How do we create more resilient, sustainable, healthy and inclusive towns and High Streets?

Updated: Jan 18

This is the question being asked up and down the country with particular fervour in November 2020 when it seemed the year’s backlog of property and real estate industry conferences all decided to take place at once. Fortunately, we managed to attend many of the events and here’s our roundup (some recordings are available online). In future, we’ll be screening these types of events live at our studio, so that anyone can join us to listen in and contribute.

Much of the content overlapped, with seemingly specialist subjects such as “The Making of a Feminist City” (Leslie Kern, Festival of Place) addressing more common points made in talks like “Who Owns the High Street?” (Power to Change). So, in the interest of packaging up the main takeaways and more importantly share solutions - which is the part we’re most interested in - we’ve attempted to arrange this article by the thematic elements of the question at hand: resilience, sustainability, health, and inclusiveness. At the end of the article we’ve also compiled a number of resources that were raised at the conferences, but it is by no means exhaustive.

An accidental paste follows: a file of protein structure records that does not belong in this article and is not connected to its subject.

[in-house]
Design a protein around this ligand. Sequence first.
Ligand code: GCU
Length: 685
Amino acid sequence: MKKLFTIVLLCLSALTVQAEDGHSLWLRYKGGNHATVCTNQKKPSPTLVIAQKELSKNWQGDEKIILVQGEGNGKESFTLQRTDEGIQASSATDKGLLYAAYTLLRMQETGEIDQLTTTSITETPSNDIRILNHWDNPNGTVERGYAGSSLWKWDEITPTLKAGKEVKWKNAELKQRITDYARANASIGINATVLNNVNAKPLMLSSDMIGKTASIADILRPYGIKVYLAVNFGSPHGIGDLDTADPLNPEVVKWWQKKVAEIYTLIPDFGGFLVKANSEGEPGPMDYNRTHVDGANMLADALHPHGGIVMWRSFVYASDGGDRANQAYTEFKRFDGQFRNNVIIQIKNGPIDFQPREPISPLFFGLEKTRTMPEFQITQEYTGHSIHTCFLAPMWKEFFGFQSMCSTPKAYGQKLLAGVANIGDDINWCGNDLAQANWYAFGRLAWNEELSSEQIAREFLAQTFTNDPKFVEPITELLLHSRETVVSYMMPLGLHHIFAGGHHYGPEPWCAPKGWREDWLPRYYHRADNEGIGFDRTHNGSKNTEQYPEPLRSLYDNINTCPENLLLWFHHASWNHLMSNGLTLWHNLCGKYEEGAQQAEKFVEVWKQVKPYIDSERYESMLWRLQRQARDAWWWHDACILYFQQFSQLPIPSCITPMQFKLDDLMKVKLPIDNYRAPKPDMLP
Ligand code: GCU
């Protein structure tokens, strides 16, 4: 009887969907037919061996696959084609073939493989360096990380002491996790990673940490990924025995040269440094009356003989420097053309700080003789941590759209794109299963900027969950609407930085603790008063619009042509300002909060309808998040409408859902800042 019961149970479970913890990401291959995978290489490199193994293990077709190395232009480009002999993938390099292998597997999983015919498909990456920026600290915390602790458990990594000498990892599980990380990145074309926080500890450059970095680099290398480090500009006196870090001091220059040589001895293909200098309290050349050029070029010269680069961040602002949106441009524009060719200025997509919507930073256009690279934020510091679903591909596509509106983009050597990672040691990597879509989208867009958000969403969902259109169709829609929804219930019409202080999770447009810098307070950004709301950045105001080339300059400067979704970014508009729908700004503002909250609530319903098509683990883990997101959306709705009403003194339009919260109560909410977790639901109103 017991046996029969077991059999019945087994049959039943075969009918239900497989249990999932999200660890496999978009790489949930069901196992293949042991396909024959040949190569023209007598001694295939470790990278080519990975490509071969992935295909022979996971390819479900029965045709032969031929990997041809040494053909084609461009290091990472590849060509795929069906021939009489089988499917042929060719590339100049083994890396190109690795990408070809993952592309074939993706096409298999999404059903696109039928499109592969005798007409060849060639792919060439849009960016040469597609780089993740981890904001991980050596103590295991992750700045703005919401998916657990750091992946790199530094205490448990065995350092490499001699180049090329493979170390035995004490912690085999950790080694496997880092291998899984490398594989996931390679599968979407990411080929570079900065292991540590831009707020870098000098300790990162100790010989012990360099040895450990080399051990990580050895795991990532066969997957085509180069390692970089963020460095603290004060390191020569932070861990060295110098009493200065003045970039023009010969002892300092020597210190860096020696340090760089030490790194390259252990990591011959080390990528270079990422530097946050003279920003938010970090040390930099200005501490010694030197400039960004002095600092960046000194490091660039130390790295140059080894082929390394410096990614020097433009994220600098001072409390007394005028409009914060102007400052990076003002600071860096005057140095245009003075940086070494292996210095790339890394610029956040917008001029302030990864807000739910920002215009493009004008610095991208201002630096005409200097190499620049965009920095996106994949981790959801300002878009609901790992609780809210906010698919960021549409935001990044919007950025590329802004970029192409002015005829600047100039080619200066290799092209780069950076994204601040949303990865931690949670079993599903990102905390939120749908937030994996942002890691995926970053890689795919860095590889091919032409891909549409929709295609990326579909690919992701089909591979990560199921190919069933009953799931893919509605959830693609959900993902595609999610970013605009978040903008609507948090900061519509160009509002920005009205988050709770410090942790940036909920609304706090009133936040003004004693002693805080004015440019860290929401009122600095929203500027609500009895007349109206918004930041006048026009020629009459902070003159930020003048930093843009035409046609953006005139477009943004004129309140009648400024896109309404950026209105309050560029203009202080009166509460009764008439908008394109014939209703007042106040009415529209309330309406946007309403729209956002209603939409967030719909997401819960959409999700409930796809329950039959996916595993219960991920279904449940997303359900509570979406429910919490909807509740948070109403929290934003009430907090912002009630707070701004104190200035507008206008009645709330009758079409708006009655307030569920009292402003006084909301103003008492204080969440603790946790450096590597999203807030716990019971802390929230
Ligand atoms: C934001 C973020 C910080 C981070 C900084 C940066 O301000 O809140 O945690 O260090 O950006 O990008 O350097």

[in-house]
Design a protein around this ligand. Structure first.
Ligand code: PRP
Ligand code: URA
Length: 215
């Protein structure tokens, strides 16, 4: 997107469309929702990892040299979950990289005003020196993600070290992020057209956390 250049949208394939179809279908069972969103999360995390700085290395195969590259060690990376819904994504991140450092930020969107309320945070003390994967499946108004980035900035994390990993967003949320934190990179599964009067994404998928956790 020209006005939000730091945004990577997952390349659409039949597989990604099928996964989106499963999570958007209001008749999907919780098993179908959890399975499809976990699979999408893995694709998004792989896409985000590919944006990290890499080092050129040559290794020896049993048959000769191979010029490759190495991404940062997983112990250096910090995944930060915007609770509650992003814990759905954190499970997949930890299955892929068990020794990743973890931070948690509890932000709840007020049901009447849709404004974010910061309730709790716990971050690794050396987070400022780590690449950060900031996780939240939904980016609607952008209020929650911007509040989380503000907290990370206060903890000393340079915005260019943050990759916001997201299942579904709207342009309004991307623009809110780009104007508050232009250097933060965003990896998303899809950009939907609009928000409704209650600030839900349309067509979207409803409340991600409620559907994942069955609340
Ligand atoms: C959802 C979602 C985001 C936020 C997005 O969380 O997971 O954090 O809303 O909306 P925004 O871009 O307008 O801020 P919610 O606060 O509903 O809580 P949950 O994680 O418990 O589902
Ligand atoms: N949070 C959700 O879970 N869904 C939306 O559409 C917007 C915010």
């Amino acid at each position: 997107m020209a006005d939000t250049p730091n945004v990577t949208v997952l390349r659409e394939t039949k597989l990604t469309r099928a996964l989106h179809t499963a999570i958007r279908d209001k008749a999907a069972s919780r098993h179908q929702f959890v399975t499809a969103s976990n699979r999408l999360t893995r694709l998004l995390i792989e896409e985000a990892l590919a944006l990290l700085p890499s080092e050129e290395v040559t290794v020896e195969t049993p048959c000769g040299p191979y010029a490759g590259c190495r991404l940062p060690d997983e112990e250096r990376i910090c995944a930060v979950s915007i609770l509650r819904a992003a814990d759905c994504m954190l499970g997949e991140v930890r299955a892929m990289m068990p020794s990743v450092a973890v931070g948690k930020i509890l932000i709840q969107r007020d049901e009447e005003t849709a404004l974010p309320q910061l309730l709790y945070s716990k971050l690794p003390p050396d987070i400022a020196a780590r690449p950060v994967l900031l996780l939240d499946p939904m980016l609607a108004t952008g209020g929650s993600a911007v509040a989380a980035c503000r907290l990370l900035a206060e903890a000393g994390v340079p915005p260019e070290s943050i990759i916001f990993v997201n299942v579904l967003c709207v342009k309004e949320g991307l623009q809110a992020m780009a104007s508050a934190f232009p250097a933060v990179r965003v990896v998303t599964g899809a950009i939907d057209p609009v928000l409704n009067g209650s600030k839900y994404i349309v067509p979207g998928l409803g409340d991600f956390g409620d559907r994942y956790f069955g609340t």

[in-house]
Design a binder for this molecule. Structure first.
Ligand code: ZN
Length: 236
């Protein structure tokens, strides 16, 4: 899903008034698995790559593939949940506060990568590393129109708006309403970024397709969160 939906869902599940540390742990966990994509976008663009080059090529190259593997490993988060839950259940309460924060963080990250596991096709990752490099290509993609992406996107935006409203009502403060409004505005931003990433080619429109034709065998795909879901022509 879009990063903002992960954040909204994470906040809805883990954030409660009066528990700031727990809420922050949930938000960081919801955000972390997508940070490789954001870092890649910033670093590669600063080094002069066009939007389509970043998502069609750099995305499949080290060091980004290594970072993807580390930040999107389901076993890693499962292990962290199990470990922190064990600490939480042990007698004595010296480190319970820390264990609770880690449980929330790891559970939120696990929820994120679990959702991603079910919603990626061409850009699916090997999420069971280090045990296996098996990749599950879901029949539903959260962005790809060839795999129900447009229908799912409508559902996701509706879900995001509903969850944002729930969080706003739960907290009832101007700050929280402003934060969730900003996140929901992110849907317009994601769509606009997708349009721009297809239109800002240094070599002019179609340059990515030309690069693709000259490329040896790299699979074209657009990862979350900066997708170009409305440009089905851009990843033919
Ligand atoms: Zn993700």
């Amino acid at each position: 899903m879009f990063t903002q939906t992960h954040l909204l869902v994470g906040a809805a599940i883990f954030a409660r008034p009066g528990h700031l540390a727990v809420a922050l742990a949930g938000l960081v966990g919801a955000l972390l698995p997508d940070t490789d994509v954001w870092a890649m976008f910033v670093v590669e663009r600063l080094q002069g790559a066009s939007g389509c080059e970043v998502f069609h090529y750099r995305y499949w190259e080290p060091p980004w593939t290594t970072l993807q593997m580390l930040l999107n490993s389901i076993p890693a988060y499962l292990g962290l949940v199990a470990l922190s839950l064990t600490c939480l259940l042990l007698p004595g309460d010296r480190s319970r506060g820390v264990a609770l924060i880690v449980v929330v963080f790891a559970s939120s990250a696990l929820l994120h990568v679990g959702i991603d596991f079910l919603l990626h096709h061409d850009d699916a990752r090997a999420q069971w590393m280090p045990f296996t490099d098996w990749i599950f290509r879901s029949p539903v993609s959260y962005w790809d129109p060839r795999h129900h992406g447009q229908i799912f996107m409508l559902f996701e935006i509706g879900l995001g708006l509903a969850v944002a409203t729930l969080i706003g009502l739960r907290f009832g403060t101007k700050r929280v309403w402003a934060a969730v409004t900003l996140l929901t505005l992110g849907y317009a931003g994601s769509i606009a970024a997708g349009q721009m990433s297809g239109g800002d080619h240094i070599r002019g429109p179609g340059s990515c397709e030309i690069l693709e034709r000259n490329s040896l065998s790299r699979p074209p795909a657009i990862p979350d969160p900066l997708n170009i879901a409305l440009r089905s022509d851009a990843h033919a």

Here we go!


Economic resilience – the message was clear that supporting start-ups, small businesses, and other organisations with a local supply chain was essential. Independent retailers and freelancers, particularly in the creative fields were the silver bullets recurrently discussed as fundamental component of any healthy community. Representing such an organisation ourselves, we’re inclined to agree and kindly remind readers that “shop local” also includes professional services and that the public sector is a vital consumer.